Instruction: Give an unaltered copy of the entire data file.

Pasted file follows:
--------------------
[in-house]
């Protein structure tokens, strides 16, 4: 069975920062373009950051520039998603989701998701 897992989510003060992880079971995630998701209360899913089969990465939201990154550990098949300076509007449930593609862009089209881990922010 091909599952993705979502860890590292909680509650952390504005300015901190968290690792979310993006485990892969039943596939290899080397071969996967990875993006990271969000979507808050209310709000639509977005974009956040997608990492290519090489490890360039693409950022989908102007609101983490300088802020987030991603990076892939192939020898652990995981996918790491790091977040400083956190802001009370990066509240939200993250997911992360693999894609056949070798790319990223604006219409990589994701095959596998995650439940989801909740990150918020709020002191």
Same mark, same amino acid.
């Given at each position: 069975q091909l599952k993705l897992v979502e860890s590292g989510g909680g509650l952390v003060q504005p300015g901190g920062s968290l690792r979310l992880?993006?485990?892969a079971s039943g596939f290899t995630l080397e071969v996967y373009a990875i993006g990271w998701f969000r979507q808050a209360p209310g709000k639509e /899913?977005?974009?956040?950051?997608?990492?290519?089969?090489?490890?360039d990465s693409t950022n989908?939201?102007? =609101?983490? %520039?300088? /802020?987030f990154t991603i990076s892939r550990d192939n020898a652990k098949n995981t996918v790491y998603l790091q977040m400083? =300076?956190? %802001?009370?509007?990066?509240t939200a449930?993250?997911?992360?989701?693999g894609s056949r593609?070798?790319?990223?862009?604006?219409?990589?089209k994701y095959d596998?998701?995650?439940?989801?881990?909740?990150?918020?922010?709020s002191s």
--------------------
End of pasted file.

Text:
[in-house]
């Protein structure tokens, strides 16, 4: 069975920062373009950051520039998603989701998701 897992989510003060992880079971995630998701209360899913089969990465939201990154550990098949300076509007449930593609862009089209881990922010 091909599952993705979502860890590292909680509650952390504005300015901190968290690792979310993006485990892969039943596939290899080397071969996967990875993006990271969000979507808050209310709000639509977005974009956040997608990492290519090489490890360039693409950022989908102007609101983490300088802020987030991603990076892939192939020898652990995981996918790491790091977040400083956190802001009370990066509240939200993250997911992360693999894609056949070798790319990223604006219409990589994701095959596998995650439940989801909740990150918020709020002191």
Same mark, same amino acid.
């Given at each position: 069975q091909l599952k993705l897992v979502e860890s590292g989510g909680g509650l952390v003060q504005p300015g901190g920062s968290l690792r979310l992880?993006?485990?892969a079971s039943g596939f290899t995630l080397e071969v996967y373009a990875i993006g990271w998701f969000r979507q808050a209360p209310g709000k639509e /899913?977005?974009?956040?950051?997608?990492?290519?089969?090489?490890?360039d990465s693409t950022n989908?939201?102007? =609101?983490? %520039?300088? /802020?987030f990154t991603i990076s892939r550990d192939n020898a652990k098949n995981t996918v790491y998603l790091q977040m400083? =300076?956190? %802001?009370?509007?990066?509240t939200a449930?993250?997911?992360?989701?693999g894609s056949r593609?070798?790319?990223?862009?604006?219409?990589?089209k994701y095959d596998?998701?995650?439940?989801?881990?909740?990150?918020?922010?709020s002191s």